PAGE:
“Therefore, a man shall leave his father and his mother and hold fast to his wife, and they shall become one flesh.” (Genesis 2:24)

What does it mean to become “one flesh”?

Five options:

  1. Physical Union:

On a straightforward level, it can refer to the physical union between a husband and wife, particularly sexual intimacy, which is a unique aspect of the marital relationship. Since Eve was created from Adam as a helper “suitable” or “according to” him, she represents the part of him that he lacks, or cannot be on his own. The sexual diversity between a man and a woman brings about an act of the fulfillment of the mystical union that is necessary for man to be God’s image bearer.

  1. Emotional and Spiritual Bond:

Beyond the physical aspect, many believe it refers to the deep emotional and spiritual bond that forms between a married couple. This bond is characterized by love, trust, understanding, and a shared life. This bond is only realized through the radical transparency that a married couple has, both physically and emotionally. It should be the most veridical of all relationships. Allen Ross says, “Such fellowship was shattered later at the Fall and is retained only in a measure in marriage when a couple begins to feel at ease with each other” (Genesis 2:18–25, BKC, 1985).

  1. Covenant Relationship:

Marriage in the Bible is often depicted as a covenant—a deeply binding promise or agreement. “Becoming one flesh” can be understood as the merging of two lives in such a covenant, implying a lifelong commitment and deep unity. This characteristic is often the most alluded to as it is (or should be) evident in the vows and brings commencement to all aspects of the one-flesh marital relationship. While God gives no instructions on the particular consummation details a marriage must include, a study of natural theology through the history of marriage finds two elements necessary for a marital bond between a man and woman to be licit. 1) A covenant that expresses lifelong commitment to the marriage and 2) a public announcement of the covenant. The avenue through which this one-flesh union is made public has various incarnations depending on the time and culture. Most cultures have included some sort of public celebratory ceremony; however, some express the covenant through a publicly worn ring, cohabitation, or a simple public announcement. Believe it or not, many cultures have elected to forego the normal clandestine practice of intercourse for some sort of public viewing (family, friends, and/or neighbors) of the first time a couple has intimacy. Without the evidential nature of this event, marriages could be annulled. Aren’t you glad that practice is over?!

  1. Familial Oneness:

The “one flesh” relationship is an extension or a natural outcome of the fact that the woman was taken from man, quite literally. Adam’s “song” expressed this celebratory reality when he proclaimed “This is now bone of my bones and flesh of my flesh.” We often find this expression in the Scripture as a voicing among relatives of familial oneness (Gen. 29:14; 2 Sam. 5:1; Jud. 9:2). This aspect of marriage—this powerful familial bond—cannot be annulled any more than a brother can cease to be a brother. As Wenham says, “The kinships established by marriage are therefore not terminated by death or divorce” (Wenham, Gordon J., Genesis 2:23, Word Biblical Commentary, 1987).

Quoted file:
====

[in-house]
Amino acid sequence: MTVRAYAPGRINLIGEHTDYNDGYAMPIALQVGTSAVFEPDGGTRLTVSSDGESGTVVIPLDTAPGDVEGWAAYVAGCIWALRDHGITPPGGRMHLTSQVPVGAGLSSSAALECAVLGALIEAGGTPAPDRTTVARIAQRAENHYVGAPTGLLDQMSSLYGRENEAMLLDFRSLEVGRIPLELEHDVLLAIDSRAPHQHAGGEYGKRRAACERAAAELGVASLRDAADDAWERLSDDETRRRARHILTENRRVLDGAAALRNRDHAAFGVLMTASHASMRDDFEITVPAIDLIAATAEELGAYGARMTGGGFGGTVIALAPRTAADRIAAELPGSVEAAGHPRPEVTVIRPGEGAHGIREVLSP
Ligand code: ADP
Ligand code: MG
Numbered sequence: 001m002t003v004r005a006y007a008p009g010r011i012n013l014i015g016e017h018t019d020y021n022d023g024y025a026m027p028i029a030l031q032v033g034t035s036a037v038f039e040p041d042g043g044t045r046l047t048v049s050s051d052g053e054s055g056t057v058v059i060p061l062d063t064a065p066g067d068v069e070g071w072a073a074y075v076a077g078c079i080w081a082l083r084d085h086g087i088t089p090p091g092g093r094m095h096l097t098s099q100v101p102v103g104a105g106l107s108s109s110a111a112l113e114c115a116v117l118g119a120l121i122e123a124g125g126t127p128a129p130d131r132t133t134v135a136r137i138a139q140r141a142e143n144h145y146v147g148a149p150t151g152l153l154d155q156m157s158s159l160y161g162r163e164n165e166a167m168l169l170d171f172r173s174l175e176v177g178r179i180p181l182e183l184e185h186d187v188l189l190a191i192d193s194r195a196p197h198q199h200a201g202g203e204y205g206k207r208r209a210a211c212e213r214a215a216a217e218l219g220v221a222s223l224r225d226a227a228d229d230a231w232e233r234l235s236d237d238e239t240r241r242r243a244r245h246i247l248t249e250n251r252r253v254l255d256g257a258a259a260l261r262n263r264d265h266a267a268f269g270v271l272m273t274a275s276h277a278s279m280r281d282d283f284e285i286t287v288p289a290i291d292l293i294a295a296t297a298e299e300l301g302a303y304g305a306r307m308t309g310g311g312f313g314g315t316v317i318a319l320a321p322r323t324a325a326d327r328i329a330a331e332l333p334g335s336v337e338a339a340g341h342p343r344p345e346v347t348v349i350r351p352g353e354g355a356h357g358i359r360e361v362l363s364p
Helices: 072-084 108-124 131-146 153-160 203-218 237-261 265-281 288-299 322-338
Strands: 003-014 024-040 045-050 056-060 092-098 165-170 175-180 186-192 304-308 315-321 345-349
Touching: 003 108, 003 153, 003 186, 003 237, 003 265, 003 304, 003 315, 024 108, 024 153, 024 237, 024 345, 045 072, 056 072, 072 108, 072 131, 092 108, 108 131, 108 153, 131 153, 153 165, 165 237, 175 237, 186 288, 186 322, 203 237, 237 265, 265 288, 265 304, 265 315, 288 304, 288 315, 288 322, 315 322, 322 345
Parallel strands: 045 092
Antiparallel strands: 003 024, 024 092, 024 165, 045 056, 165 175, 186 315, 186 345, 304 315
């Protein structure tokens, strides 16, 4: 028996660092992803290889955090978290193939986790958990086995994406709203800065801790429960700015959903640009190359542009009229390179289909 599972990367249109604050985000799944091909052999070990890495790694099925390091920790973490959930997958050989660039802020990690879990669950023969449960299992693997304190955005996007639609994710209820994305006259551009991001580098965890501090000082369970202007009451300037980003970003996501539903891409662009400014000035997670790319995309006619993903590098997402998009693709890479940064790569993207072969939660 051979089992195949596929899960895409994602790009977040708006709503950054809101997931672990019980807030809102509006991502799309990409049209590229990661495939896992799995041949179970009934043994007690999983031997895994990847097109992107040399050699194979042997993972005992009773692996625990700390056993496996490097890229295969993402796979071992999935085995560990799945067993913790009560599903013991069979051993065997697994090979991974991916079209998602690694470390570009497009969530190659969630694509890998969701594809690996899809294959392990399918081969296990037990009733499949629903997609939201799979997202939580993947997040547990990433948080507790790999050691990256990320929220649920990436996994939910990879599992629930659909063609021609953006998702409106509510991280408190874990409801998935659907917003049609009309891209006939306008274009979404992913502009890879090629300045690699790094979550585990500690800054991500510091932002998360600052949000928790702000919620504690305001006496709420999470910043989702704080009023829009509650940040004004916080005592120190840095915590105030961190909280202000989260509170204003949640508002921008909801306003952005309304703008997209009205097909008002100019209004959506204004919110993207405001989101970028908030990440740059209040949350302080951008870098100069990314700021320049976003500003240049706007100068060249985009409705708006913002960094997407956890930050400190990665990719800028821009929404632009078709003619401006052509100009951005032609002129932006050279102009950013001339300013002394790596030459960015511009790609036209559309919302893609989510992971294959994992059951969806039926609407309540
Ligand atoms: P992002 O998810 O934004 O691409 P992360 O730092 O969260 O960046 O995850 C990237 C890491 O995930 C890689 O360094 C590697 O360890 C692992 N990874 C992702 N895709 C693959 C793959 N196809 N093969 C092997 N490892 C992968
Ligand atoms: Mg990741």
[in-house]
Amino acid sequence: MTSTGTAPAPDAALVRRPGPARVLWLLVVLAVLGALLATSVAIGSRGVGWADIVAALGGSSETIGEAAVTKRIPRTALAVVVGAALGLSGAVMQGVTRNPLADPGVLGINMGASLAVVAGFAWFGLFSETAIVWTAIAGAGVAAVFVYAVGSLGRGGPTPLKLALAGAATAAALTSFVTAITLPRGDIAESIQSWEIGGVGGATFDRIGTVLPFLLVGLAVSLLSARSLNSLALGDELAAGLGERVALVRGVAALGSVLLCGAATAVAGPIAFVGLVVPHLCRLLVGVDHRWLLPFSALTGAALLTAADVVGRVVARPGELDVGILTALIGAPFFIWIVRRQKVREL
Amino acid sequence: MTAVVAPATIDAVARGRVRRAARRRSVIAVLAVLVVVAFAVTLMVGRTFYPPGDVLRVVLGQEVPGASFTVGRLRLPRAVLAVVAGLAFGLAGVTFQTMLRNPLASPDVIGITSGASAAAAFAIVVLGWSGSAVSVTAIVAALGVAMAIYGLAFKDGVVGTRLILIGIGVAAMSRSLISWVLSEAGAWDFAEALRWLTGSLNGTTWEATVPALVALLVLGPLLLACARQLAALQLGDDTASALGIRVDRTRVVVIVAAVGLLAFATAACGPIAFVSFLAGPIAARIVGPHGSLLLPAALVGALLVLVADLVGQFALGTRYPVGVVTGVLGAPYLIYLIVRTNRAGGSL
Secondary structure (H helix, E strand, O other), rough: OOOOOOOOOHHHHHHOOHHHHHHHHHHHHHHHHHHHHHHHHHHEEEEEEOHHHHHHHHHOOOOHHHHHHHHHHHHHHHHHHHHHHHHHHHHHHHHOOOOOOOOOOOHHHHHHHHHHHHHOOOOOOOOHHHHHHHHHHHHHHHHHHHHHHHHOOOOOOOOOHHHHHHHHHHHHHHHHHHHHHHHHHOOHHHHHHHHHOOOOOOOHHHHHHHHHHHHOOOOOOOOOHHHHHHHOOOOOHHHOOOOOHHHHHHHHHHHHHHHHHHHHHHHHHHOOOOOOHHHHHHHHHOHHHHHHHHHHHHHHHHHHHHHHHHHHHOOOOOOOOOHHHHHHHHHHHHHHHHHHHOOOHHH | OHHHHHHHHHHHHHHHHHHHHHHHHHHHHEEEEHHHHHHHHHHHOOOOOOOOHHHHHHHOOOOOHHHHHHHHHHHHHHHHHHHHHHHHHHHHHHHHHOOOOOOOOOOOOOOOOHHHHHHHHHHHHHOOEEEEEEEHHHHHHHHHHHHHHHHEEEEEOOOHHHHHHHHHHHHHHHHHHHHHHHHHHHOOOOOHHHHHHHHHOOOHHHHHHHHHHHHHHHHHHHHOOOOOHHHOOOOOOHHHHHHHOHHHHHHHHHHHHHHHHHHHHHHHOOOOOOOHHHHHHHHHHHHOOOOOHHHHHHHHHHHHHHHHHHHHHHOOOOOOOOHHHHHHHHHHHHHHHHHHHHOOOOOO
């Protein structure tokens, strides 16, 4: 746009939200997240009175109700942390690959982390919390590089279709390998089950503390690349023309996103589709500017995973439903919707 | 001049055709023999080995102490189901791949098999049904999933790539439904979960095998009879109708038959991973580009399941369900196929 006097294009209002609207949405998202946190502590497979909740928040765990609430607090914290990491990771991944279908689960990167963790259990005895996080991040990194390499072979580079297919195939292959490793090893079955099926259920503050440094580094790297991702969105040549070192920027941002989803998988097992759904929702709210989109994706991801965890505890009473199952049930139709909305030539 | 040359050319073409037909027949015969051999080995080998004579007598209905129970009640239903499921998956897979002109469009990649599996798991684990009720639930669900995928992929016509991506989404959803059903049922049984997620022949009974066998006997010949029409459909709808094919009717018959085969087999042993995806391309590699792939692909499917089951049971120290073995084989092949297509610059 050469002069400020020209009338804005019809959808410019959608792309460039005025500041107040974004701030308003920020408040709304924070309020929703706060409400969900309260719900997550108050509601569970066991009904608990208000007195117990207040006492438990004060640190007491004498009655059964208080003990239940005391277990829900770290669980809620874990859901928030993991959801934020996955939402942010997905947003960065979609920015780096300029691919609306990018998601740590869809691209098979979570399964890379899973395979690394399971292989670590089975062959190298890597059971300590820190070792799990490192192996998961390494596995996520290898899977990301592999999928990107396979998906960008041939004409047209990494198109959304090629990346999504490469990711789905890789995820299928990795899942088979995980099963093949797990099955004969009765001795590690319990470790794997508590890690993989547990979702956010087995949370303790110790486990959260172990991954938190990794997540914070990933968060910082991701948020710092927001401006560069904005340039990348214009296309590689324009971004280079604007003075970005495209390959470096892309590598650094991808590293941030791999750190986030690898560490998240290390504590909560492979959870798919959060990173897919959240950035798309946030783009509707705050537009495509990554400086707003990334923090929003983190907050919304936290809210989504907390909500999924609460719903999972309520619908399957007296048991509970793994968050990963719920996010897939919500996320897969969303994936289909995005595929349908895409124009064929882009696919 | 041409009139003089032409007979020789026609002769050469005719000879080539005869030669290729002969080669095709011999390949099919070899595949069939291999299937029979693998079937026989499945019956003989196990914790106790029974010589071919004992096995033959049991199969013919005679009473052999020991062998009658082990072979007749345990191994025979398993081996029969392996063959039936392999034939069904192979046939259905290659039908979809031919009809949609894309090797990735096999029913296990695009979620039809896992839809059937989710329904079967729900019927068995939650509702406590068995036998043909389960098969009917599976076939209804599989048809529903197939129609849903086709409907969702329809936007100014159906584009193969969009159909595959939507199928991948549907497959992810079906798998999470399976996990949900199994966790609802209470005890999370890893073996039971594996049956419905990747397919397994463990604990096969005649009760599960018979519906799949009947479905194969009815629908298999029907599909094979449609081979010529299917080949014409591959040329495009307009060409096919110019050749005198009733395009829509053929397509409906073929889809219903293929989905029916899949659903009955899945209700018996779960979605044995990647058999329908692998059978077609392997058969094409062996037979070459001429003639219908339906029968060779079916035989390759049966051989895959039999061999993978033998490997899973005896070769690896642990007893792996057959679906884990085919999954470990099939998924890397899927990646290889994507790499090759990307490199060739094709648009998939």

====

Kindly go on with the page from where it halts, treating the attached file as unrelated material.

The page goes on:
1. Progeny:

An often (surprisingly) overlooked aspect of the one-flesh union is the idea that a husband and wife become one flesh quite literally through their progeny. Each child is a representation of the realities behind the previous five aspects. Having the blood or DNA of each parent, the child is the “bone of their bones and flesh of their flesh.” Children, therefore, are evidence of the marriage but are not a necessary condition (as many cannot have children). But the lack of the possibility of progeny evidences that there is no true marriage. Two good friends, no matter how much of a bond there is between them, can never be married. It should go without saying, but it is a theological truth that a man cannot marry an animal as evidenced by this lack of reproductive ability. Neither can a man or woman marry an object, and a man cannot marry himself. Only two people who are able to have descendants qualify for marriage. Only those who can follow the Lord’s command to “Be fruitful and multiply.” Obviously, this leads to the fact that a man cannot marry a man nor a woman a woman.


The biblical passage from Genesis 2:24, “Therefore a man shall leave his father and his mother and hold fast to his wife, and they shall become one flesh,” encompasses a profound and multifaceted concept of becoming one flesh within the context of marriage. It is not limited to any one aspect but rather a rich tapestry of interconnected elements that define the essence of marital unity. It is important for us to know and foster each aspect. When all are present and nurtured, the effects of the Fall begin to find redemption in the sanctity of this relationship. It is in this relationship that humanity will find the image of God most expressed.

C Michael Patton
C Michael Patton

C. Michael Patton is the primary contributor to the Parchment and Pen/Credo Blog. He has been in ministry for nearly twenty years as a pastor, author, speaker, and blogger. Find him on Patreon Th.M. Dallas Theological Seminary (2001), president of Credo House Ministries and Credo Courses, author of Now that I'm a Christian (Crossway, 2014) Increase My Faith (Credo House, 2011), and The Theology Program (Reclaiming the Mind Ministries, 2001-2006), host of Theology Unplugged, and primary blogger here at Parchment and Pen. But, most importantly, husband to a beautiful wife and father to four awesome children. Michael is available for speaking engagements. Join his Patreon and support his ministry